Auburn Astronomical Society E-Newsletter
September, 2006

In this Issue

September Events Upcoming Events
Space News Under the Stars
Cool Links Loaner Scopes

September Events

This month’s meeting will be on Friday, September 8, at 8:00PM in room 215 of the Aerospace Engineering Building.  AAS president, Rhon Jenkins, will give our program on “The Latest Findings in Cosmology”.  This will be an “away” football weekend so parking should be no worse than usual.

Riders from the Montgomery area are welcome to meet at the  home of Russell Whigham, 518 Seminole Dr., ., and carpool over to Auburn.  Plan to be ready to leave for Auburn at 7:00PM. 

Our dark-sky star party this month will be on Saturday, September 23, at Cliff Hill’s farm, clouds permitting of course. 

Upcoming Events

Finding Earth's Cosmic Twin
John Zachry

Saw an interesting article in the September 2006 issue of Popular Science magazine, pages 72-73 entitled "Finding Earth's Cosmic Twin" which said among other things:
"WHAT: A way to spot Earth-size planets orbiting distant stars. ... a new strategy called gravitational microlensing uses the bending of light to detect those elusive ersatz Earths. ... The latest, located in Scorpius, is an icy orb only 5.5 times as massive as Earth ...
"Can I Help In The Planet Search? Sure, if you live south of 35 degrees north latitude and own a telescope with a 10-inch aperture equipped with a CCD detector.
Readers interested in joining the effort should contact Andrew Gould at <>." - John

--- John Zachry

Good time to see the International Space Station next week. I hope members will tell their local newspapers and get some free publicity for A.A.S. - John

The International Space Station will pass almost directly over the Montgomery area on Wednesday, September 6 traveling from Northwest to Southeast between 8:02 p.m. CDT and  8:07 p.m. CDT (but not on Friday, September 8).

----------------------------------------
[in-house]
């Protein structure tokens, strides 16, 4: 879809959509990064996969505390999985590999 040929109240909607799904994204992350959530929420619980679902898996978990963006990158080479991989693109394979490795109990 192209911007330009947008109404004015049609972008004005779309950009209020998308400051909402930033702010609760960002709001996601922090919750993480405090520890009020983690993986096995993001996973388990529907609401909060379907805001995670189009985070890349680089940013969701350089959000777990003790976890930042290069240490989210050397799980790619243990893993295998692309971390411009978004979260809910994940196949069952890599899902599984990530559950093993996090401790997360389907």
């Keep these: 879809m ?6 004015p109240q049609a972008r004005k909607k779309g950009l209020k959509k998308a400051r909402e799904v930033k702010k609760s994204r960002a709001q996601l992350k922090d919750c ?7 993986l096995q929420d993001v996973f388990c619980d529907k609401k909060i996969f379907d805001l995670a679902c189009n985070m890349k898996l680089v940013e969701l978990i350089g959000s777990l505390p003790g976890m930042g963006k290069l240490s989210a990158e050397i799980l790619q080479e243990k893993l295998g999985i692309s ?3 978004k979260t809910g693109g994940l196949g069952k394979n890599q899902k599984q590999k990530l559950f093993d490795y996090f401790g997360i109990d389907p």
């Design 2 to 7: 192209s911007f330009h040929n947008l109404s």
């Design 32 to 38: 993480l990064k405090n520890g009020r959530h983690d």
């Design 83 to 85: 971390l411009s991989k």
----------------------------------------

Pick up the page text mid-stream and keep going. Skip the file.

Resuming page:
The International Space Station will pass over the Auburn area on Wednesday, September 6 traveling from Northwest to Southeast between 8:02 p.m. CDT and  8:07 p.m. CDT and again on Friday, September 8 from Northwest to Southeast between 7:13 p.m. CDT and  7:19 p.m. CDT

The International Space Station will pass over the West Point area on Wednesday September 6 traveling from Northwest to South southeast between 9:02 p.m. EDT and  9:07 p.m. EDT and again on Friday, September 8 from Northwest to Southeast between 8:13 p.m. EDT and  8:19 p.m. EDT

Good web site to see Space Shuttle Atlantis flight plan if it is launched on Wednesday, September 6.

 --- John Zachry

Under the Stars 

Scott Thompson is sharing his always informative and well written astronomy articles with us again.  Scott writes: 

I posted my feature article of the Wetumpka Meteor Crater on the web and I will let everyone get a peek at the October's article early.  All previous publications are here:


September:  Wetumpka’s Meteor Crater 

 Near-Earth asteroids seem to make the headlines more often these days as we continue to search skyward. At this moment no asteroid seems likely to hit Earth anytime soon. However this was not the case in the early years of our inner solar system, including planet Earth. These cataclysmic events have left many scars across the Moon, Mars, Venus and Earth. Now local geologists have the first direct evidence proving that the “Astrobleme” in Wetumpka came from a meteorite impact that occurred around 83 million years ago.  [more…]

October:  Pluto and Charon

The ruler in darkness, the icy unstable rock, the little rear brakeman waving from the back of the caboose, is now no longer a planet! The poor guy didn’t even get a farewell party. He was booted out of the club before a century had even passed.  The International Astronomical Union (IAU) has voted to downgrade Pluto to the status of dwarf planet.